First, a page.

The adventure in this film is very high stakes, with some really brutal magficiently played action sequences in crazy exotic locales. Technically the film is astounding and has as much merit as any of the rest in the series. It definitely gains from the styling of director Marc Forster who has previously shown a unique visual ability in "Monster's Ball" and "Stay". The cinematography and color is beautiful and rich, capturing wonderful foreign travel spots and places like the Dunes Hotel at the climax that you would likely never want to visit. The film is also surprisingly topical, dealing with thirld world Environmental politics as a main-issue and privatization of national utilities which are definitely on the liberal agenda's hot list. It's very interesting to see them central to the plot of a pop spy adventure.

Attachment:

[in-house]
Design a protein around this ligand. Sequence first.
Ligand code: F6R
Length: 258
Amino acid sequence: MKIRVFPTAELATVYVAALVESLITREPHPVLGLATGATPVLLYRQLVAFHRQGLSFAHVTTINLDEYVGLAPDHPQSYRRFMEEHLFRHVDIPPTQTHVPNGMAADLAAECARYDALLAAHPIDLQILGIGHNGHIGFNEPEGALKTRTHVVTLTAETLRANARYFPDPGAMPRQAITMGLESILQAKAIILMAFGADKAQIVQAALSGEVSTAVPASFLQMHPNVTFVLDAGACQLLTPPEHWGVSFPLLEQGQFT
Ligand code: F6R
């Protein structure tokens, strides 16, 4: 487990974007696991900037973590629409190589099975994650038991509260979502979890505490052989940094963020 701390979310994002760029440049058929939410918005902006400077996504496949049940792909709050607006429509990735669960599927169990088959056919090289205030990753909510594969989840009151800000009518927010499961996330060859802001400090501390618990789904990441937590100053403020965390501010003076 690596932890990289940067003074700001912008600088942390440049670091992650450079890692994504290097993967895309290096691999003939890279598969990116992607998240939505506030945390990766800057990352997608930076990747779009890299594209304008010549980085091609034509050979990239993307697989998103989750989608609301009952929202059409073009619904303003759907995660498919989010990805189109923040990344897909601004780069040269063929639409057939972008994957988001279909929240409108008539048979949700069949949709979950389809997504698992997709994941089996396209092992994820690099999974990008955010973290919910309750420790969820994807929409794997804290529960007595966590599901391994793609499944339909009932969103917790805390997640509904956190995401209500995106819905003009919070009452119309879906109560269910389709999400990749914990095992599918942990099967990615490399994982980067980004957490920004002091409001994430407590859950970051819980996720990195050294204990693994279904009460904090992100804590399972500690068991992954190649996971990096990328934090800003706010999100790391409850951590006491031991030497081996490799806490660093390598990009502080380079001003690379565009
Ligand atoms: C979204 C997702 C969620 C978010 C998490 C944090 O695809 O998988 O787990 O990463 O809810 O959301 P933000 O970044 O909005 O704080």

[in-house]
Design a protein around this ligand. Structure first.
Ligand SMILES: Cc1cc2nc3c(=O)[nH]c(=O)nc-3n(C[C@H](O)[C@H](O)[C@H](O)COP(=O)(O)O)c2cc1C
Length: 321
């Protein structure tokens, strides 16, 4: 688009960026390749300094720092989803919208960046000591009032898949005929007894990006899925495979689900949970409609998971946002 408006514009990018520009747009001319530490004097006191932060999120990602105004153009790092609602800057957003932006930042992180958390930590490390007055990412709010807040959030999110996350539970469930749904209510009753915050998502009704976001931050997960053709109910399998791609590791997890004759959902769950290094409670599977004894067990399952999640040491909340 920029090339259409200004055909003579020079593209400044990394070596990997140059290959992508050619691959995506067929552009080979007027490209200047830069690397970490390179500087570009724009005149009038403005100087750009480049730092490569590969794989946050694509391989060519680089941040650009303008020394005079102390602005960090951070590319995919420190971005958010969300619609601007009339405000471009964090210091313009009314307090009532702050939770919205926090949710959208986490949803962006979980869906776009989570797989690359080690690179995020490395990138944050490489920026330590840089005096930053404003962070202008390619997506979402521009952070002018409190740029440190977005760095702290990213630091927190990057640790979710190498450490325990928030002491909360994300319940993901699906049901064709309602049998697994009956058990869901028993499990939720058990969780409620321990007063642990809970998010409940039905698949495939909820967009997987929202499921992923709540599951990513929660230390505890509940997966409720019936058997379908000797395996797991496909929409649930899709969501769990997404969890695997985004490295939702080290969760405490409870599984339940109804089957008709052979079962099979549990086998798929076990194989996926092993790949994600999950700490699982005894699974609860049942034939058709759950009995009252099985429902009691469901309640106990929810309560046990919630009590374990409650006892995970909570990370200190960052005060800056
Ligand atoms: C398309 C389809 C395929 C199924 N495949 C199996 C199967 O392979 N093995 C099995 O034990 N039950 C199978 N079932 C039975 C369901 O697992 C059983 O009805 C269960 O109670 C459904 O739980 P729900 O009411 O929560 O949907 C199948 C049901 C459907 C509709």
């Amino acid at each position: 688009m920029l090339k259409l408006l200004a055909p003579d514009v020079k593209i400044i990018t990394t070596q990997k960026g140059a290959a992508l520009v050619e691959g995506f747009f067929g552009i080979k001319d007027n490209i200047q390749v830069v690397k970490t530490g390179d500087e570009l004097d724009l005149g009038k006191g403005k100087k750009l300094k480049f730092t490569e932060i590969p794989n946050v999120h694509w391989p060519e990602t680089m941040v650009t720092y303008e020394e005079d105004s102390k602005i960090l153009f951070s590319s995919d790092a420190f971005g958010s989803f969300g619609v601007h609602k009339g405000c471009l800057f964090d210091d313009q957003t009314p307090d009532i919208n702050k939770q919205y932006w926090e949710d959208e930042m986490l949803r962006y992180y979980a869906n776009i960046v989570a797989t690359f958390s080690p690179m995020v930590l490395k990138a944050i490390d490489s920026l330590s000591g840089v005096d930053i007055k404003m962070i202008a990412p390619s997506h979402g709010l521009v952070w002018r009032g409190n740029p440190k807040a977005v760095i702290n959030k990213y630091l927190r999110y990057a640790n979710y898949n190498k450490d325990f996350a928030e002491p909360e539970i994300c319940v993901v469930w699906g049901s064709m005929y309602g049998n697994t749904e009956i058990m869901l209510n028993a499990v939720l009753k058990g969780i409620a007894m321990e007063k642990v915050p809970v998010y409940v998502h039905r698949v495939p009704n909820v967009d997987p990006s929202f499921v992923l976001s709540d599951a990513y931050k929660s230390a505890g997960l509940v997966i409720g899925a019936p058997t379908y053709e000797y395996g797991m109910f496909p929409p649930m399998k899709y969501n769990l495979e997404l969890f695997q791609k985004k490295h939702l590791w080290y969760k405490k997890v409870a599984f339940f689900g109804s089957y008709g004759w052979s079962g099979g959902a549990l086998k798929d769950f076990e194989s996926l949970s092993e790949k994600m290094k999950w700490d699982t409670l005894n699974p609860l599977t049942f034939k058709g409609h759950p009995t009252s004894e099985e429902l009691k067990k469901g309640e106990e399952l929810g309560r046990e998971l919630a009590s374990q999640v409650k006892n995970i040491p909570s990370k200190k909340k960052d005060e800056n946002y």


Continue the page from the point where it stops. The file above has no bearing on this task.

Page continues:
I really enjoyed this film's artistic flourishes and it's neck breaking pace. I found it refreshing and definitely rebellious to the typical Bond film. Craig proves again and again that he is truly believable leading man, even if he doesn't have the perfect features of Pierce Brosnan. His rugged quality gives him more appeal, and his confidence is what sells his performance. This film subverts the idea of a traditional spy film. The real villain is already known and captured at the before the first scene, the hero is shows now mercy or care for even his closest friends, making him extremely unlikable, and he doesn't even want, nor does he "get" the girl in the end, and we don't see either of the two underbaddies bite the dust. The film is almost without cliche, save for Bond's signature one liners.